I’ve been pretty critical of EVE Online‘s upcoming sovereignty and nullsec revamp, calling the constellation-wide battle fake and its use of reinforcement timers unnecessary. While I still believe that a multiple capture point mechanic without reinforcement timers would be the ideal system, being at EVE Fanfest 2015 this week has definitely given me cause for optimism. After spending the past few days sitting in on roundtable feedback gathering sessions and absorbing the enormity of CCP’s new plans for deployable structures, I can sort of see what the future looks like for nullsec, and it’s pretty awesome.
EVE is hurtling head-first into a future in which everyone from individuals and small corporations to the biggest megacoalitions can vie for control of a little corner of the galaxy. Territorial alliances will eventually be able to design everything about their star systems, building sprawling industrial hubs, employing NPC security and agents, and creating a space that reflects the alliance’s personality and style. Star systems that are heavily built up with infrastructure will become juicy targets for roaming fleets, and systems that aren’t actively used and defended should be more difficult to hold on to.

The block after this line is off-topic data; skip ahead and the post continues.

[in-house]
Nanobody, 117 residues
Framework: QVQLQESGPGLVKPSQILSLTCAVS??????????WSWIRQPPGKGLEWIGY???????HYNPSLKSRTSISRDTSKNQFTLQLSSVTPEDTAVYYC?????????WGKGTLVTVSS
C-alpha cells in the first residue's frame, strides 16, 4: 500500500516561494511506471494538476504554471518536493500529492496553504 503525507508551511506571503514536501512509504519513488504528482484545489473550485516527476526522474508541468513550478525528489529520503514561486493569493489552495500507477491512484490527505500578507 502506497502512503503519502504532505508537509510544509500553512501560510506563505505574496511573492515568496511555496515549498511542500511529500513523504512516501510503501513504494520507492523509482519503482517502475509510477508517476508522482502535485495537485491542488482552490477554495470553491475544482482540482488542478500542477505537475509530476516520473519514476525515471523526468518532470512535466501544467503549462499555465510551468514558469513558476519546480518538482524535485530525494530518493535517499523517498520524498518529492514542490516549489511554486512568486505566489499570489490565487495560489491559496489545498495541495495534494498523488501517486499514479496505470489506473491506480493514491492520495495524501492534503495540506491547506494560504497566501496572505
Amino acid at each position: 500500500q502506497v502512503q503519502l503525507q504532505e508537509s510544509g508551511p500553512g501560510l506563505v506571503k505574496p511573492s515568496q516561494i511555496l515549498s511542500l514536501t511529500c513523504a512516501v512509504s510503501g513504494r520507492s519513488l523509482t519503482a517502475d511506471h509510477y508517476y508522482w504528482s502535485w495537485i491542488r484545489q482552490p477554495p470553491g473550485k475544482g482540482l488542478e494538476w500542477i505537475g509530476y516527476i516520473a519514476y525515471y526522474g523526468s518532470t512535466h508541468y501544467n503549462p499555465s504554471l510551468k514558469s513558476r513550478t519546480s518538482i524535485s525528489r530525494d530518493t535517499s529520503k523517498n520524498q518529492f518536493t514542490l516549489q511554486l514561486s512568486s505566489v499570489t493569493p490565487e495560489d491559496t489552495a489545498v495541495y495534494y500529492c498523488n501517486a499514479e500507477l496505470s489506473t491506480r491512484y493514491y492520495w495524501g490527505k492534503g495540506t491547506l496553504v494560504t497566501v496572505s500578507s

If you missed the big announcement from EVE Fanfest 2015, you may want to go back and give this one a look. Essentially, CCP is now planning a complete overhaul of the game’s player-owned structure system. There will be a whole series of different size classes of structures, from tiny personal deployables to extra large ones for alliances. They’ll all be customisable by adding shield and armour modules and weapons, and players will be able to board and control them just like a ship. All the current functions of starbases and outposts will eventually be migrated over to the new system.
In addition to industrial structures for moon mining and manufacturing, we’ll also be getting player-built stargates and player-designed advertising or propaganda billboards. A new observatory building will let players disrupt the local chat channels, mess with system scanners, and even pinpoint cloaked ships. And new administration structures will act as corp offices and let players interact with the NPCs that have been implicitly living in our space all this time. At fanfest yesterday, we also heard that players will be able to invest in improving the security rating of their systems, hire NPC mission agents to live in their space, and even hire CONCORD police to provide police protection in a limited fashion. This has me pretty damn excited, as it’s kind of reminiscent of all the empire building we did in nullsec back in 2004-2006 but turned up to 11.
Massively OP: What structures are we likely to see first? Are we going to see existing POS structures moved out or some of the new stuff?